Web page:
After work last Friday afternoon, after gluing new Schwalbe tubs and collecting all the nutrition and spares I needed from the shop, I headed off to the Mansfield tour. This is a race in the Victorian Road Series, and I ended up being the sole Phoenix representative (after deciding at the last minute that you wanted to head down *rolling eyes* – Michelle).
As for the drive, well when you leave Canberra for Victoria at about 5pm on a Friday afternoon you will find yourself in a queue of cars as far as you can see. Cars lined up all the way to Yass, with everyone heading home for the afternoon.
Anyway the rest of the drive was very Hume Highway standard with very little happening.
Once I arrived at 10.30pm I went straight to sleep in my luxurious (yes, I said luxurious, and I’m sticking with that) accommodation (Michelle would like to add at this point the race planning record shows that she was going to book a house with a spa, A SPA!). My accommodation for this race consisted of my trusty car, the back seats folded down and the mattress of my bed placed in the back. I know what you must be thinking right now but hear me out! You must have a few questions, and luckily here is a list of the questions I’ve answered since the weekend…:
- Where did you put the TT and Road bike? The TT bike was locked on the roof and I just took the wheels of the road bike and it fitted across the front seats.
- Wasn’t it cramped in there? Well, surprisingly, actually not! As I said the mattress of my bed fitted in there, so I could fully stretch out. I’m just going to add that only the world’s best cyclists get their very own mattress taken to races with them!
- And finally, you didn’t go all weekend without a shower did you? The answer is no. I paid a massive $30 for an unpowered campsite which had an amenities block.
So, thank you to everyone for your interest in my wellbeing (and accommodation standards). With all those questions answered I went to bed, looking forward to the next day of racing.
I woke up and headed to rego, before rolling on to the start of the TT. I got my TT bike set up with my disc wheel, and after a brief warm up I was off. Now, not being able to ride or drive the course beforehand, all I had to go off was the profile of the course from the tech regs. This (very clearly, I’ve since checked!) showed 4km of uphill then 12km of downhill. Awesome! Given this profile I decided to go out real hard. I know I can put a lot of time into much of the field on the hill, and then it’s all downhill the rest of the way. What the profile didn’t show was it was 4km of uphill but then 12km of rollers to the finish. You can imagine the suffering, I didn’t need to… As the rollers rolled, I blew up. I crossed the line in 34th and 2min 34sec behind the winner, Sean Lake.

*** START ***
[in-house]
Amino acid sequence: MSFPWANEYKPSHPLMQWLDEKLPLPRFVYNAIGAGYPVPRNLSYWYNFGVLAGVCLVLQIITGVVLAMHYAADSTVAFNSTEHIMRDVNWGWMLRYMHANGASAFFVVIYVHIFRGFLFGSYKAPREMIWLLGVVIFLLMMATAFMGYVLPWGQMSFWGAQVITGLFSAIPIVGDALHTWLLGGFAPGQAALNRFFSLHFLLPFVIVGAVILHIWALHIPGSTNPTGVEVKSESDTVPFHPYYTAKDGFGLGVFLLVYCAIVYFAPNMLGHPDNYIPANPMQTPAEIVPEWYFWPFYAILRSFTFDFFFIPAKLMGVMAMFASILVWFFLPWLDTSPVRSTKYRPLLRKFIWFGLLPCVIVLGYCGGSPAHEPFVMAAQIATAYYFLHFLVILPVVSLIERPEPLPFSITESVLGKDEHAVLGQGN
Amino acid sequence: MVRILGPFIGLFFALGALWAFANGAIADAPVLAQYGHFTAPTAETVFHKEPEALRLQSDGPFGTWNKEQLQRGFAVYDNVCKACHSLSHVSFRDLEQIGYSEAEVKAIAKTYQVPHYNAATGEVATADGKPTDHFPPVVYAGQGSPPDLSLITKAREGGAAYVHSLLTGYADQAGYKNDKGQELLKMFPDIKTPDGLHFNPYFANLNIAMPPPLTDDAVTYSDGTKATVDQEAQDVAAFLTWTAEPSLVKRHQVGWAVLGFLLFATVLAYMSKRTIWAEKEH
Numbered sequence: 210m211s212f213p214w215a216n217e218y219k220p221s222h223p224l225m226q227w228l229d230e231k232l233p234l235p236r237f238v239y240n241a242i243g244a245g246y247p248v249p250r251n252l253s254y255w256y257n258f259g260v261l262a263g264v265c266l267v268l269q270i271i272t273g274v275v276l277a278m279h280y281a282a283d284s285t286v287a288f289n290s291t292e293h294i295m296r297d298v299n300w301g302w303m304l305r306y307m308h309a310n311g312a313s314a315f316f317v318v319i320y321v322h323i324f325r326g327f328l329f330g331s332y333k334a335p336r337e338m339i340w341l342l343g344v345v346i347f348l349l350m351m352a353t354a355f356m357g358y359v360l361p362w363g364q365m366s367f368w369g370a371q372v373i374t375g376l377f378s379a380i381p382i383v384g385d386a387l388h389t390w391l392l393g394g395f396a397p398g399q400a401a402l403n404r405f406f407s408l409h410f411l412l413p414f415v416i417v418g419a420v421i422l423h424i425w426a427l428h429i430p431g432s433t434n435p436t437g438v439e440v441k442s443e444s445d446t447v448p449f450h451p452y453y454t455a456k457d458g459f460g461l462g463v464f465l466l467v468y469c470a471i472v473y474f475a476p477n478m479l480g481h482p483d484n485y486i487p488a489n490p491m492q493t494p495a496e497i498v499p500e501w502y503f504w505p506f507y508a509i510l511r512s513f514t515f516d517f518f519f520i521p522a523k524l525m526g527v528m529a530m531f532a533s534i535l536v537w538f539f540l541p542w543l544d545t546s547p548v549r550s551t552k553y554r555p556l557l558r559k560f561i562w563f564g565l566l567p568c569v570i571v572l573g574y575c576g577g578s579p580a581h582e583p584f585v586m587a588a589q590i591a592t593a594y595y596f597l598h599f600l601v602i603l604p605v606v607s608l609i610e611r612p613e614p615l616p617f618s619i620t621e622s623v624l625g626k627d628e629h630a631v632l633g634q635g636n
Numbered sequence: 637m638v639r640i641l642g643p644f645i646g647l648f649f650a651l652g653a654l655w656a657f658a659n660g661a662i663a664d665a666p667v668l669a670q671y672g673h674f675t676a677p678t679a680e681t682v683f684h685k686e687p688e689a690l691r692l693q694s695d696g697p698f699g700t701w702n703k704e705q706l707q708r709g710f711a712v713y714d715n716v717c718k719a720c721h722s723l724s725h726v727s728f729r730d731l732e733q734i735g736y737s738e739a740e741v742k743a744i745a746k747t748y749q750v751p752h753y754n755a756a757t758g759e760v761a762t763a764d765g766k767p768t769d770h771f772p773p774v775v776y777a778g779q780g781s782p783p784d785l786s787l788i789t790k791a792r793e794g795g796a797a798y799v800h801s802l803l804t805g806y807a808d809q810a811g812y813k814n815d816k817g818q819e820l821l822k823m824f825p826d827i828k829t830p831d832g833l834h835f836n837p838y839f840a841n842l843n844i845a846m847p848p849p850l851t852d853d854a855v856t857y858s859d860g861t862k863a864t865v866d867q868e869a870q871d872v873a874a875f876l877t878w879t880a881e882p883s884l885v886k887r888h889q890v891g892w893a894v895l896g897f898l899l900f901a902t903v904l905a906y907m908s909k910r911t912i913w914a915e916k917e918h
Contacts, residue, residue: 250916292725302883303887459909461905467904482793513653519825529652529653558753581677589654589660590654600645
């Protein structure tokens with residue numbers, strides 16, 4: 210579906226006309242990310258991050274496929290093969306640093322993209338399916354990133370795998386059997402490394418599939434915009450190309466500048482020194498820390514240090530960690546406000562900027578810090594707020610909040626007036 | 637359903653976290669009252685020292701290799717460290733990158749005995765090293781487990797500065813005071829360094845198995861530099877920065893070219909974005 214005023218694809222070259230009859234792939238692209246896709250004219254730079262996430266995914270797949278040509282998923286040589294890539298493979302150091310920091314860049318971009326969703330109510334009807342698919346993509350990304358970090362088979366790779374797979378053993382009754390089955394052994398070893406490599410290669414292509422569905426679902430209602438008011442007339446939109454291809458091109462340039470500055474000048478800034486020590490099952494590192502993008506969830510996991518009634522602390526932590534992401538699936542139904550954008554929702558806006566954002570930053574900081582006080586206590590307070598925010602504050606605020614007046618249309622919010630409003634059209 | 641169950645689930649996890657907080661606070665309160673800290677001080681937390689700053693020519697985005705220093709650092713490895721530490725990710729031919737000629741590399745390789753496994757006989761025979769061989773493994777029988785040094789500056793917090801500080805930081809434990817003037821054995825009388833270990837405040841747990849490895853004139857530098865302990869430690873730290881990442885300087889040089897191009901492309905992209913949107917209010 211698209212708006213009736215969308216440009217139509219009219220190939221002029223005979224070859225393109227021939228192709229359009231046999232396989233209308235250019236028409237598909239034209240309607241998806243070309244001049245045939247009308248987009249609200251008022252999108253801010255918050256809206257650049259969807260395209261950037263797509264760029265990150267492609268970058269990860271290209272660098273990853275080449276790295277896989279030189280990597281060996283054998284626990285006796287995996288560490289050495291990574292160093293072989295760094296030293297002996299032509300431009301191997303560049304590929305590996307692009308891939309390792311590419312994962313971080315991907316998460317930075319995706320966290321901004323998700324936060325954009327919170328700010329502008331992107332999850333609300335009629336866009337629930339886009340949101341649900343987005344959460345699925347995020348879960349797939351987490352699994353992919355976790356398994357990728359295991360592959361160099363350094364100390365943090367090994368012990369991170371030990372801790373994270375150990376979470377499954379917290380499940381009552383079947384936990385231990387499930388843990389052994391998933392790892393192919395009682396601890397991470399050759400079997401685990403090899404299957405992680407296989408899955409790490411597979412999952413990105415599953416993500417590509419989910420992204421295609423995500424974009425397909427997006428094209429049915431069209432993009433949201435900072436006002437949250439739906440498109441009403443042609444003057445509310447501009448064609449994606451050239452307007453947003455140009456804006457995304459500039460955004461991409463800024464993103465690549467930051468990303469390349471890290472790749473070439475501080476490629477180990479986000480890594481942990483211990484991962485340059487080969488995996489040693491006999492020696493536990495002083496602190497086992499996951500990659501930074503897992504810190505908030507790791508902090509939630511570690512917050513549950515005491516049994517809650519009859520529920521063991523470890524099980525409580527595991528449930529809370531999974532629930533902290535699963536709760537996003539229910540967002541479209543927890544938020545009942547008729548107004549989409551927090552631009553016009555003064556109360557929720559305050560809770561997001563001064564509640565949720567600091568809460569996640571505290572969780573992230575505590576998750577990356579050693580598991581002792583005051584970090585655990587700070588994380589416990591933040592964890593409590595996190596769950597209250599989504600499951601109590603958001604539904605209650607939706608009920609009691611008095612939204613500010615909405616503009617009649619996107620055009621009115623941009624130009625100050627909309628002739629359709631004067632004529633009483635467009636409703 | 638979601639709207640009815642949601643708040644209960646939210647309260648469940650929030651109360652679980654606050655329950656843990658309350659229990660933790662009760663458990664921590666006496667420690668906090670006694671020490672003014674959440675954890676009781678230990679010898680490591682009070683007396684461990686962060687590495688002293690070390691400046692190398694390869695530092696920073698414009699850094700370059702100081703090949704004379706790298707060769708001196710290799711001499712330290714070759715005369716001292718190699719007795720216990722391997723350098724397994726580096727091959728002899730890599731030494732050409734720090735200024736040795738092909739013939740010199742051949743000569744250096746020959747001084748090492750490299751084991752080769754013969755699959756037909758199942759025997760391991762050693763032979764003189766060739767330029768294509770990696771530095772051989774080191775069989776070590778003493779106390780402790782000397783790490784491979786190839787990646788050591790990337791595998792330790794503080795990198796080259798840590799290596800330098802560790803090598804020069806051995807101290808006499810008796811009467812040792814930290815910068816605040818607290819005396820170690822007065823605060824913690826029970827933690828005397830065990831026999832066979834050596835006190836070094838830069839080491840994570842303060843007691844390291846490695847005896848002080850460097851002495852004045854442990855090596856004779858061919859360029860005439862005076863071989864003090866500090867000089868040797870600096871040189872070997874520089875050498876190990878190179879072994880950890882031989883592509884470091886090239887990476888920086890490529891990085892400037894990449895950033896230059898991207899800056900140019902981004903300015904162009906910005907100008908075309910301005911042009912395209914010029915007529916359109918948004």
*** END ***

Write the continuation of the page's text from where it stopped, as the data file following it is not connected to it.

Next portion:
After a brief break it was time to put the race wheels on my Wilier road bike and the race numbers on my Ollo jersey for the afternoons 92km road race. For the afternoons race I was just going to see how the race panned out. It was a rather uneventful stage for me, with the speed the bunch was traveling, and tomorrows stage up Mt Buller suiting me, I decided to just hide in the bunch and ride it out to the finish.
Going over the climbs on the return leg I made all the major selections and ended up rolling across the finish line in 30th position with the main bunch 50 sec down on the stage winner Pat Lane. The 92km stage we rode in 2h 10min so it was a very fast stage, I felt pretty good all day just sitting in.
To complete an eventful day of riding, I got a pizza, went back to my luxurious digs (I’m sticking with that word, the pizza only makes it more real) and then sat on my bed eating my pizza and watching a movie. I know you’re envious (again, how much better would it be to eat pizza and watch a movie – in a spa! – Michelle).
There was only the one stage on Sunday, which takes the field up Mt Buller. I rocked up to the start line and had a chat to Greg, one of the moto-coms who’s also from Canberra, about yesterdays stage. Its interesting to hear about the race from his point of view and its funny how the moto-coms really are at times as much a part of the bunch as the riders themselves. Like how, when a rider in stage two flatted and was going back through the bunch really quick we all had to swerve, and that he also had to get around somehow.
Anyway, soon the stage was underway. The bunch seemed to stay together until the bottom of the 15km Mt Buller climb, when it all started to string out. After going around a few riders I found myself in the main selection on the climb, there were attacks going constantly.
Knowing I could either sit in, hoping each attack would come back, or get aggressive and get in the mix, I chose to get in the mix. Probably the wrong call! Eventually, after much grabbing of wheels, leaning on pedals and with aching legs, three kilometres from the top I popped. I came across the line in 22nd place.
All in all I finished 18th overall on GC out of a pretty strong field and had a really enjoyable tour. I would certainly do it again! Thanks to everyone that wished me well on Facebook, Twitter, and in person.